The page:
We recently adopted a lab mix who is estimated at around 7 years old. He was first found as a stray, then was adopted for about 2 years before he was displaced from his seemingly loving family and put up for adoption again at the same shelter, where we found him. He's very well-behaved, and for the first couple days we didn't hear a single bark out of him, even when other neighborhood dogs would bark as we walked past their yards. Even at the dog park he didn't bark at the other dogs. We went about 2 weeks with pretty much zero barks, except for the time we think the cat was about to steal some of his food.

Now, on a few occasions in the past few days, he has barked while tied out in the yard. On a couple occasions he has also barked when someone was at the door, including once the other day when I returned home from work and he barked a couple times at me from inside the house.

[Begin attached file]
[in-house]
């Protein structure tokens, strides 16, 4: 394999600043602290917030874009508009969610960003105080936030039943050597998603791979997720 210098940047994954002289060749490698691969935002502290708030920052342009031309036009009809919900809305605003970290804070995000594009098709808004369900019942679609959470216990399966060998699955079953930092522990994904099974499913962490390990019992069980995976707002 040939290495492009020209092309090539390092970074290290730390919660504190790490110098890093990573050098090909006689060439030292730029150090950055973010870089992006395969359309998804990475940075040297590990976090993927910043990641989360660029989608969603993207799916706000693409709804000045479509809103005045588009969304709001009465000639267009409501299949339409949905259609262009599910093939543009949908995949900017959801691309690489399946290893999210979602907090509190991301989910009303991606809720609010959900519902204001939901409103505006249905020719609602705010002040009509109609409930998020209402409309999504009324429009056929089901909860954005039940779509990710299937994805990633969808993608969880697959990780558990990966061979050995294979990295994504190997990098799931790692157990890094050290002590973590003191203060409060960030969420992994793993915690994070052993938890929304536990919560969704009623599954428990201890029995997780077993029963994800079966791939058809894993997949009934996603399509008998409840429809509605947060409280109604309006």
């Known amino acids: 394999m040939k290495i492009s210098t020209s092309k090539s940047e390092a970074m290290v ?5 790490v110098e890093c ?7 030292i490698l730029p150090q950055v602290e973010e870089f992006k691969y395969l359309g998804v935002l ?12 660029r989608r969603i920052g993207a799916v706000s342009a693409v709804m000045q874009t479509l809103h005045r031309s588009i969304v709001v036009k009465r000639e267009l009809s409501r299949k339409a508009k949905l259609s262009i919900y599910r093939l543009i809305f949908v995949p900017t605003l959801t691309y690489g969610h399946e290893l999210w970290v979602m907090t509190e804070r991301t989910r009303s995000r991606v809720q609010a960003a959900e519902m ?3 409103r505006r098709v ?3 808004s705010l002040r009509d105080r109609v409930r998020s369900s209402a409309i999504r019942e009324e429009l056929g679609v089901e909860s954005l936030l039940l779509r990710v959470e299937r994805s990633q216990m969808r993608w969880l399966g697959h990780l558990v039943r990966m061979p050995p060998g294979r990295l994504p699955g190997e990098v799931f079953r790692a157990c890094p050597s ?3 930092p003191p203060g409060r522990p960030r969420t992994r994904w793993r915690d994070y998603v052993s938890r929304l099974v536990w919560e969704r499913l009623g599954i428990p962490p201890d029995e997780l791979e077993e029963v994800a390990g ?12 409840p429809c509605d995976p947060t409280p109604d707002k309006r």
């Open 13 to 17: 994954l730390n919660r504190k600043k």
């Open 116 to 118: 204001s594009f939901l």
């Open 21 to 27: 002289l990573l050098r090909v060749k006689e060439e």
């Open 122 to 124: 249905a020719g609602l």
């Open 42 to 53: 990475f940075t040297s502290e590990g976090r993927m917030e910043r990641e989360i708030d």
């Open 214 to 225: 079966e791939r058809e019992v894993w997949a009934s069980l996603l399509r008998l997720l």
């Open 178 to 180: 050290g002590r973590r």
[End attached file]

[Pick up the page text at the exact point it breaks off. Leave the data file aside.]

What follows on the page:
Did he just realize this is his new home and that it's his duty to guard it? He doesn't seem to bark all the time at people outside or at the door, and he only barks 2 or 3 times, not nonstop like most of the other dogs around the neighborhood. When he barks at the door or when he's tied out in the yard, should we ignore the behavior, praise him, or try to get him to stop?

  • 1
    How long have you had the dog, and what do you want him to do in these scenarios?
    – rlb.usa
    Aug 11, 2015 at 15:06
  • We've had him about 3 weeks, but it's only in the past week that he's started barking. I'm fine with him barking once in a while but don't want him to start barking all the time like the neighbor dogs, or to start barking at other people or other dogs when we go on walks. He's a very well-behaved dog already so I don't want to untrain him by accident. I'm also wondering why he suddenly seemed to start guarding the house.
    – rob
    Aug 11, 2015 at 15:26

2 Answers 2